Jon: Well I’m not going to pick either the Dio or Hagar era lineup. And no my taste in music isn’t bad enough for me to say Van Halen with Gary Cherone. I think most people would like to forget about that time in music. My choice (like Bram’s) is Black Sabbath with Tony Martin on vocals. The album Headless Cross was in my opinion and is to many the best non-Ozzy Sabbath album. In this version of the band, there was only one original member, that being Tony Iommi. Laurence Cottle was on bass, Cozy Powell was on drums and Brian May of Queen guested on a track (making him the only guitarist to ever guest on a Sabbath record). Sure, this may not be the classic lineup or the obvious choice to most, but this lineup was pretty damn good. Together there were five albums recorded with Tony Martin on vocals (The Eternal Idol, Headless Cross, TYR, Cross Purposes and Forbidden), but by far and away the best was Headless Cross. Do yourself a favor and check out this album and lineup of Sabbath that you may have overlooked.
Melissa: I LOVE Black Sabbath, Dio, Ozzy and the whole nine. However, my reasoning for the following choice is for the sheer fact I HATE with a strong, vicious passion Sammy Hagar. If that man never lived, I would be happy. I have hand selected all of my Van Halen tunes that he sang on, and took them off my iTunes. HATE. In fact, I have such a personal vendetta against him and that Cabo Wabo shit because when I saw him open for a band who will remain nameless, the dick was PROMOTING his Cabo Wabo at a DRY VENUE, and singing every once and awhile.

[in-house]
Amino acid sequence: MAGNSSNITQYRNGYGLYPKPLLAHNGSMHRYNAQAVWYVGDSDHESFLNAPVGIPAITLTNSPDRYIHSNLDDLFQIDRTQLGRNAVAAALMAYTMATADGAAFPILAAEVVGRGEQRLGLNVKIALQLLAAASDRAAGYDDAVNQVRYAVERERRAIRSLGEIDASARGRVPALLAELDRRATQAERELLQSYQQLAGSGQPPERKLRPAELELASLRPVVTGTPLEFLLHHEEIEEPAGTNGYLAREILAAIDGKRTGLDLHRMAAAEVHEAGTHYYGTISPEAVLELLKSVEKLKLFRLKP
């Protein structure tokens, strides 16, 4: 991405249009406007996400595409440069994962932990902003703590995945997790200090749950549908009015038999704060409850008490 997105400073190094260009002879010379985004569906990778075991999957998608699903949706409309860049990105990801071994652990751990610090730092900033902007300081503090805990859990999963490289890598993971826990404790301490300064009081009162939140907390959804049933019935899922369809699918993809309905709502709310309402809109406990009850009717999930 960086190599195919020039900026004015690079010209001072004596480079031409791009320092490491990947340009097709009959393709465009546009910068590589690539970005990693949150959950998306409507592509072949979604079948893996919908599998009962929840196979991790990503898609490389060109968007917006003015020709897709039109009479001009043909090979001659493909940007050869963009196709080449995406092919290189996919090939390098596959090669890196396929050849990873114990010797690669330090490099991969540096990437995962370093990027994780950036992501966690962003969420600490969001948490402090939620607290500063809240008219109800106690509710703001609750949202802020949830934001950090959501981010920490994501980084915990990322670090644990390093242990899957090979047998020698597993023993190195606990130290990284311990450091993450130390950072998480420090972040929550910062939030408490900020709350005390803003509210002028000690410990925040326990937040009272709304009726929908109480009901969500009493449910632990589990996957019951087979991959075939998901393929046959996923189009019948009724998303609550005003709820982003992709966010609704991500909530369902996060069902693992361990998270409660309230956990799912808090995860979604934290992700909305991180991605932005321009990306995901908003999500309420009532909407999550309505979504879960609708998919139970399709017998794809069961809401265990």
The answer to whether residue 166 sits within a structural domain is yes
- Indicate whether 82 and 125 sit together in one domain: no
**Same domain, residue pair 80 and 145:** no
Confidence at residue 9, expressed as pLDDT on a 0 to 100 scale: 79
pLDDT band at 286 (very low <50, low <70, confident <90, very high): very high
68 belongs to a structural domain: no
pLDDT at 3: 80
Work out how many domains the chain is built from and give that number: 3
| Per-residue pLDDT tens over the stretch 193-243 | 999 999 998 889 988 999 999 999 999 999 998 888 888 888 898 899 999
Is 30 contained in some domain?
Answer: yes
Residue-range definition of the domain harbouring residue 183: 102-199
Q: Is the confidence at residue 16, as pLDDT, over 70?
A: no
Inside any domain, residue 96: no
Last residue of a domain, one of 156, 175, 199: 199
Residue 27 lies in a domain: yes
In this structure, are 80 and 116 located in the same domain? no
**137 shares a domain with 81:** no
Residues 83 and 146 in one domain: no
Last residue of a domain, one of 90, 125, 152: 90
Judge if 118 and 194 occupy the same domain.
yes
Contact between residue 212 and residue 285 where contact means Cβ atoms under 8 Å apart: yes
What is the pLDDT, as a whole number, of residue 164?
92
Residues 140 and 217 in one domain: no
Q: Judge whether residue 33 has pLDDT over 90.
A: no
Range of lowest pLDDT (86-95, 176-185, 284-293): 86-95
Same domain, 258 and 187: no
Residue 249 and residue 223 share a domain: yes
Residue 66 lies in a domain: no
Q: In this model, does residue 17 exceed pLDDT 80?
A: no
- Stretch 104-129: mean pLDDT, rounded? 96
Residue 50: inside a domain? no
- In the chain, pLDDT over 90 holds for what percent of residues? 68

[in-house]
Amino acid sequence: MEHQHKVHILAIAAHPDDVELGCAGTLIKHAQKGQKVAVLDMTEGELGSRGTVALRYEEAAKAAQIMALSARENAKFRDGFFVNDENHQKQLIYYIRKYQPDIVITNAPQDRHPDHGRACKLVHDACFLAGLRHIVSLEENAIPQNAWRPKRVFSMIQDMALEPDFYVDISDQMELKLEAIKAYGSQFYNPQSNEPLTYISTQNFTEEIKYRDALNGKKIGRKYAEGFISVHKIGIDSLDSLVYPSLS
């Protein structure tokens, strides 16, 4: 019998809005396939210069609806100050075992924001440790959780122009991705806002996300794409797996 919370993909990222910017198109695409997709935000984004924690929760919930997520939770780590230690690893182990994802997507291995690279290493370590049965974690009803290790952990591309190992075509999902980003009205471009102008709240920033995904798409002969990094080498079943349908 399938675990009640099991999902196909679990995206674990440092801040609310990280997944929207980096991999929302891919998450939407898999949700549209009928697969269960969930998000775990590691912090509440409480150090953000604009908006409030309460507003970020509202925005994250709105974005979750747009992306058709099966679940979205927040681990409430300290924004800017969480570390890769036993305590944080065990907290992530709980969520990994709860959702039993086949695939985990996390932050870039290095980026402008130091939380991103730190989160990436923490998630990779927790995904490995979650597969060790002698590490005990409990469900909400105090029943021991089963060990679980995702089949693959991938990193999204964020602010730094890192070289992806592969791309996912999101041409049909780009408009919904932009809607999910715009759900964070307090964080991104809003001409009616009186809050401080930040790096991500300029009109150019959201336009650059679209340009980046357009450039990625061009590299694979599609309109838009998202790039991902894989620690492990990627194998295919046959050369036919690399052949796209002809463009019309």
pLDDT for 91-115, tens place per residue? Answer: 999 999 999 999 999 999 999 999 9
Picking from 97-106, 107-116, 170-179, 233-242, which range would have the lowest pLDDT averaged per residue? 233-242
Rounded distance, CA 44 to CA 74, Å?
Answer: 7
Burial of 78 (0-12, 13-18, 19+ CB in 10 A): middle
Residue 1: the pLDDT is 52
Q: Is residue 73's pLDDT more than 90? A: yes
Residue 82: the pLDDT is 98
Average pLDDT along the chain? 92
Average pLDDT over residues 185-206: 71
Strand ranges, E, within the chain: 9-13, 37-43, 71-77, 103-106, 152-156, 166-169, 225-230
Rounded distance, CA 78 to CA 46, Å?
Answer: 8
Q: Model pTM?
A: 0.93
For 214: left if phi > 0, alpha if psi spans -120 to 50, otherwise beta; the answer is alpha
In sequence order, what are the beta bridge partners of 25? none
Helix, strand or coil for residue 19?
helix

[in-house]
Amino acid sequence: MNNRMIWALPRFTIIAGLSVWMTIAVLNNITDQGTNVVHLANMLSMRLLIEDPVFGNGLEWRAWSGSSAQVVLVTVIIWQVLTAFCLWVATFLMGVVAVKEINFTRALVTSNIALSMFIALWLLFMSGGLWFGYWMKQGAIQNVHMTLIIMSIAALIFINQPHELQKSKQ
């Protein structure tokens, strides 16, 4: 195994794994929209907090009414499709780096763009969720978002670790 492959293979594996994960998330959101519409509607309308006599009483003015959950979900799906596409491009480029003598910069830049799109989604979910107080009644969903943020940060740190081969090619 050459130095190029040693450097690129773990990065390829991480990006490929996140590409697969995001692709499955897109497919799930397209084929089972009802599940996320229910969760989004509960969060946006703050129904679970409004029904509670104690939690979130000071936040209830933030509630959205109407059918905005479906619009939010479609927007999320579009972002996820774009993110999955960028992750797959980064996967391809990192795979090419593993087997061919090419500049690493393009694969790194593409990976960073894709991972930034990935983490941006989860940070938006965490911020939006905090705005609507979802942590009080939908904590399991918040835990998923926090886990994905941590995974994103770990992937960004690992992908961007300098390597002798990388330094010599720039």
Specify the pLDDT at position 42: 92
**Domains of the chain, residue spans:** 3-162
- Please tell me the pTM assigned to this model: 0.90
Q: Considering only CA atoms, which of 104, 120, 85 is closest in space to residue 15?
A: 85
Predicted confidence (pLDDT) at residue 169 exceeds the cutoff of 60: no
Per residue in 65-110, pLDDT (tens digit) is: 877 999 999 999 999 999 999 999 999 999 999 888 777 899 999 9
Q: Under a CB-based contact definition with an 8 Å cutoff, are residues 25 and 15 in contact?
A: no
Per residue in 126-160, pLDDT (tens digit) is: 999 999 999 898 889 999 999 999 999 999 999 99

Personal loathing aside, I will choose any of the Van Halen line ups not including the Red Rocker. When rumors escalated in 2007 about the reunion, people went ballistic. Bass player, Michael Anthony had been snubbed and excluded from the family tour and replaced with 16 year old, Wolfgang. Eddie quit his drinking and womanizing and completed rehab. Alex dusted off the skins and climbed back behind the four, YES FOUR kick drums that would make Tommy Lee jealous. Diamond Dave stretched out and did the splits with ease, while Wolfie lived out every kid’s dream and stood by his dad and uncle selling out arenas night after night.
Yes, I am fully aware that there have not been any recordings made public (yet) that Wolfgang has appeared on. However, it has been stated by the band, friends, and producers that the Van Halen family has finished their newest album earlier this year. Also, the 2007 line up was the highest grossing touring line up in the bands history, and reports claim that the band brought in almost 93 million dollars. Not to mention, it was a damn great fucking show!